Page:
Over the past two weeks we have seen the following computer system crashes:
A three-hour network shutdown on Aug. 22 that paralyzed the Nasdaq stock exchange, crippled others, and caused a one-third drop in the daily total of shares traded on American exchanges; also on Aug. 22, a blackout of Apple’s iCloud that lasted for 11 hours for some customers; a trading glitch in the Goldman Sachs computer; a shutdown of Amazon’s North American retail site on Aug. 19 that lasted almost an hour and resulted in an estimated $2 million in lost sales; on Aug. 16, a four-minute global outage of Google’s services, including email, YouTube and its core search engine, that led to an 40 percent drop in global Internet traffic; and last month, in another part of the forest, we had the director of the U.S. National Security Agency, Gen. Keith Alexander, admitting that he still did not know exactly which files whistle-blower Edward Snowden had downloaded and taken with him when he fled the country two months before.
Well, Alexander didn’t exactly admit it; he just declined to say whether he knew, but that comes to the same thing. Two months after Snowden flew the coop, the NSA still doesn’t know how many more of their embarrassing secrets are out there waiting to be revealed.
This may explain something quite puzzling that happened last week. A Brazilian citizen, David Miranda was changing planes in London when he was stopped by British police under the Terrorism Act, questioned for nine hours, and then released -– but police kept his computer, two pen drives, an external hard drive and other electronic items.
Miranda is the partner of Guardian journalist Glenn Greenwald, who has been working on Snowden’s documents, but the police wouldn’t have gone to all that trouble just to harass him, particularly since their actions were probably illegal: All their questions were about Snowden and the NSA files, not about terrorism. And why would they even bother to confiscate Miranda’s electronics? Don’t they realize there are bound to be copies elsewhere?
It’s less puzzling if you assume that the NSA asked for the operation (of course it did), and that its goal was actually to find out just how much Snowden knows, and can prove. Maybe it found out, maybe it didn’t -– but what it tells the rest of us is that the NSA is not really in control of its own data. If Snowden can take it away with him, so can others.
There are 850,000 potential “others” -– Americans with top-secret clearance and access to the data -– and some of them will not have the same high motives as Snowden for stealing the data. In fact, the NSA even catches an average of one employee a year who has been using the system to track a lover or spouse they suspect is straying. God knows how many it doesn’t catch -– but if its inability to figure out what Snowden took is any guide, probably a lot.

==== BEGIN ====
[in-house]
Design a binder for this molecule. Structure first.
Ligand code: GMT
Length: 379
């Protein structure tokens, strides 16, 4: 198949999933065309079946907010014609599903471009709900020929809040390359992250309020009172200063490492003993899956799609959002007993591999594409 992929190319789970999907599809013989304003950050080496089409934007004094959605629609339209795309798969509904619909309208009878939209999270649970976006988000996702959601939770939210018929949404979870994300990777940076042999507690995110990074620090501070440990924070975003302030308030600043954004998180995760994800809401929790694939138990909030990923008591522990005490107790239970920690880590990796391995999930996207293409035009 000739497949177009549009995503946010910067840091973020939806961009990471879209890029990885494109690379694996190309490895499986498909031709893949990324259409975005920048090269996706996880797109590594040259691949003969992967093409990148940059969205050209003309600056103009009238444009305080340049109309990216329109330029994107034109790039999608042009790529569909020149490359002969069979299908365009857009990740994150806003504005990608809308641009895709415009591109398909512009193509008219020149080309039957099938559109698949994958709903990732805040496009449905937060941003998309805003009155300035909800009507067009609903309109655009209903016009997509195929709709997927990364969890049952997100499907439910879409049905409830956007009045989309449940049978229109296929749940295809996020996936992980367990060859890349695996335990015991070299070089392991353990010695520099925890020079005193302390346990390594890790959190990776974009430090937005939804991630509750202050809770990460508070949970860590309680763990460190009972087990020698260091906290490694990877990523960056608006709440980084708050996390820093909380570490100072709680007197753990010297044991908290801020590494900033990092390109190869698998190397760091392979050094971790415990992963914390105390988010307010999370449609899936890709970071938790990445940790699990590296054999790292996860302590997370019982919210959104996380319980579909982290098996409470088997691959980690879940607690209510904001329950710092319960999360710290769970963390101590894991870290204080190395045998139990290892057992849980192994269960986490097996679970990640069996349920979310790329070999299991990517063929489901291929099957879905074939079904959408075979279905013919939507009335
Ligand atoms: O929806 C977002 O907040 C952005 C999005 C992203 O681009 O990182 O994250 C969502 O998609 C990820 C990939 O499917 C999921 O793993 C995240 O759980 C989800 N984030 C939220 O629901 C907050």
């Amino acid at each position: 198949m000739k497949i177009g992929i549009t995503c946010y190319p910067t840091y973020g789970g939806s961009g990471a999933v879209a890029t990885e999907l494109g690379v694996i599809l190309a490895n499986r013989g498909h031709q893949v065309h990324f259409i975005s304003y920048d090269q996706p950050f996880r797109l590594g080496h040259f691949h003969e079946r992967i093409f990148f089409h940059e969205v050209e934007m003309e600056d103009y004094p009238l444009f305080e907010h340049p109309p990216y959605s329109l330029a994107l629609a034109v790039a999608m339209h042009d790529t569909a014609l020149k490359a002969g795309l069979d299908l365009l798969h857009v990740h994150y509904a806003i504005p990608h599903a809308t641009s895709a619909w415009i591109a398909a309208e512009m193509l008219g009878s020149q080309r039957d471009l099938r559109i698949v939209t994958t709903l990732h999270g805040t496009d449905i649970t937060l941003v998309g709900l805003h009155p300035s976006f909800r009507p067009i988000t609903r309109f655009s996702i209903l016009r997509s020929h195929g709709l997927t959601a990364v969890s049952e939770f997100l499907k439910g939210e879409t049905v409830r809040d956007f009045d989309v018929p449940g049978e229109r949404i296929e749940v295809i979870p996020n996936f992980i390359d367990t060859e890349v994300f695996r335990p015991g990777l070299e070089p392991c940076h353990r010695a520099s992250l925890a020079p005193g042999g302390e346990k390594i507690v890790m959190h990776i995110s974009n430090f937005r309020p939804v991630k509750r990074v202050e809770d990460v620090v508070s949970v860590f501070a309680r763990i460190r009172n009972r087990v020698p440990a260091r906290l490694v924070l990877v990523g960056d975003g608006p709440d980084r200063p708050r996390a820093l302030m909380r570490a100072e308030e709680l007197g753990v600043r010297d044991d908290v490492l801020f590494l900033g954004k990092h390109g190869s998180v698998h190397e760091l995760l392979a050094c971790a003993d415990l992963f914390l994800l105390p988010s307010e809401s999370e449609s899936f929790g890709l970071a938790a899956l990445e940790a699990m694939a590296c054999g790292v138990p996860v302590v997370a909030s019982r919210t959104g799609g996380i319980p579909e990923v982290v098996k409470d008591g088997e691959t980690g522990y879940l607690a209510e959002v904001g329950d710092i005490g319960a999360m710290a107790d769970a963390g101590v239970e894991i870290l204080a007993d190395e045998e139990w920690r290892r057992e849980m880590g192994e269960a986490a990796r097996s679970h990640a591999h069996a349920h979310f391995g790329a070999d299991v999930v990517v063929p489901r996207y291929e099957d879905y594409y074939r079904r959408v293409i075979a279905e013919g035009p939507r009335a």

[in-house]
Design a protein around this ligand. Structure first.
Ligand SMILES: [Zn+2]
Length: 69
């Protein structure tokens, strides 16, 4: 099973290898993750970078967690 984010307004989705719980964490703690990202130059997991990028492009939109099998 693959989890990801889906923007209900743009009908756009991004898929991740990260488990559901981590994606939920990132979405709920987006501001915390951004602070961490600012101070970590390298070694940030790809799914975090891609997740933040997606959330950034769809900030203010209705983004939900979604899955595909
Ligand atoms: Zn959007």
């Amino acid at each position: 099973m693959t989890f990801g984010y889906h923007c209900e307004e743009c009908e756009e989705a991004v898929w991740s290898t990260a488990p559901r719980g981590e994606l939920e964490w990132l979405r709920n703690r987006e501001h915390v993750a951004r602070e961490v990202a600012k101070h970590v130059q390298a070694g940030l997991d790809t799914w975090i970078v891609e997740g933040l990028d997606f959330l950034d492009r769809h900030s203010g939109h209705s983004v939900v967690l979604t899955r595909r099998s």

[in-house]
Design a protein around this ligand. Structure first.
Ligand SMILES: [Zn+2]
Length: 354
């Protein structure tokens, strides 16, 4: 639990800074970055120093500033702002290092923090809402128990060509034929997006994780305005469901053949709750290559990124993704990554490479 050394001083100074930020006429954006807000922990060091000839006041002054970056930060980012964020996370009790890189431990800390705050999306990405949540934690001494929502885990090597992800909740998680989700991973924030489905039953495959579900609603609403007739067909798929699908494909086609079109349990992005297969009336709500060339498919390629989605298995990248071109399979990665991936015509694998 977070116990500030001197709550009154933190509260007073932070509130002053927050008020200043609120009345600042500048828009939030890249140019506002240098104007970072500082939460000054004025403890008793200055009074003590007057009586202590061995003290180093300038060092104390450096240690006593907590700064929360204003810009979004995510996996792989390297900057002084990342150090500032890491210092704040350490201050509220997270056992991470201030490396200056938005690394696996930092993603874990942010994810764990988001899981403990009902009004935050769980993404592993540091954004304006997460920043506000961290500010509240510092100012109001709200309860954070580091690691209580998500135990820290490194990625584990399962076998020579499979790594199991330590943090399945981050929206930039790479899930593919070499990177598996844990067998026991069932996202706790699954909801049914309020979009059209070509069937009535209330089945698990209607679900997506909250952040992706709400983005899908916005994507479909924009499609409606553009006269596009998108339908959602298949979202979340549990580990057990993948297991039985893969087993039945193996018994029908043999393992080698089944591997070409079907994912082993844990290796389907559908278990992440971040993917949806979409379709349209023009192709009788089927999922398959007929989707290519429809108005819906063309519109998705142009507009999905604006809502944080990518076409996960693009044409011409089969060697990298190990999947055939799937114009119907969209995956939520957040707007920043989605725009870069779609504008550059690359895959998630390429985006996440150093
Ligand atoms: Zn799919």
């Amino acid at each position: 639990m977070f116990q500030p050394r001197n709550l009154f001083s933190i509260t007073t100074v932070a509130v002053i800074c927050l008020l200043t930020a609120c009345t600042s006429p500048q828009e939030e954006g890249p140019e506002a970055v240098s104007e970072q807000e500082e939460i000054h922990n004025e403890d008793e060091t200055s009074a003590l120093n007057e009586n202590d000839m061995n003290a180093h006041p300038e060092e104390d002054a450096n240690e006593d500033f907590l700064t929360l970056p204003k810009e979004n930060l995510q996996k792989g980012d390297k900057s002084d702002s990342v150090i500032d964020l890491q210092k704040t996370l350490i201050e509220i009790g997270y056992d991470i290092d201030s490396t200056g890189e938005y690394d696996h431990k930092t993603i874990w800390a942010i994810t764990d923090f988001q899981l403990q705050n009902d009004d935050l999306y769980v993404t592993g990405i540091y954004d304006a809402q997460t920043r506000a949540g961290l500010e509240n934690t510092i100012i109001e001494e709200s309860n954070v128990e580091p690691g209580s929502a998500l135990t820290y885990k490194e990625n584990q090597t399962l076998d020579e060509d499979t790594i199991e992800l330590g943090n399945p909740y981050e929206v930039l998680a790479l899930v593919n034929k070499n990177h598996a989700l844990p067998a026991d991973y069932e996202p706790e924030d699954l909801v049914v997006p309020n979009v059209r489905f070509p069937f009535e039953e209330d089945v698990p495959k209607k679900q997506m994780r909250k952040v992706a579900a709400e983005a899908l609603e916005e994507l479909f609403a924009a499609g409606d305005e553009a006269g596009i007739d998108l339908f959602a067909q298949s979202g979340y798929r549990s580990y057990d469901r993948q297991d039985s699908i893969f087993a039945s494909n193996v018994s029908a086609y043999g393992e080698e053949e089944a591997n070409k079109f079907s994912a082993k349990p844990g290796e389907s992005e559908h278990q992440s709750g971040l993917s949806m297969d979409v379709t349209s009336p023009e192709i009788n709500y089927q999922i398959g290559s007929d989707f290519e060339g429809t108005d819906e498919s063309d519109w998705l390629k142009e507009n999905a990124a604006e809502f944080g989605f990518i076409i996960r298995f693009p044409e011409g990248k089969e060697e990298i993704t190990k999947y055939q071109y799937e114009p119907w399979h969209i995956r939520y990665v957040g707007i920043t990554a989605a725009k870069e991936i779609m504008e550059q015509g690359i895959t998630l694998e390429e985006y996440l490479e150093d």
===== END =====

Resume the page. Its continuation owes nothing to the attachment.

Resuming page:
If it can be done, it will be done. Algorithms will be written for automated trading at speeds measured in fractions of a microsecond, and the competition will have to follow suit. It will become possible to store immense amounts of data in a virtual “cloud,” and the cloud will take shape. It will become theoretically possible to listen in on every conversation in the world, and the surveillance systems to do it will be built.
Every step onward increases the scale and complexity of the systems, until they are too big and complex for any one person to understand. They will run without supervision, for the most part, and when they fail (as they must from time to time) the failure will also be hard to understand. And if you give hundreds of thousands of people access to the system, your secrets will not stay secret for long.
The volume of data moving on the Internet and private networks is expanding very fast at the moment -– from 6 gigabytes for each person on the planet this year to 16 gigabytes per person per year by 2017 -– and system design is just not keeping up. Given time, it may be possible to catch up on that front, if the rate of expansion eventually slows. But it will be much harder, maybe impossible, to build leakproof surveillance systems.
Gwynne Dyer is a London-based independent journalist whose commentary is published in 45 countries.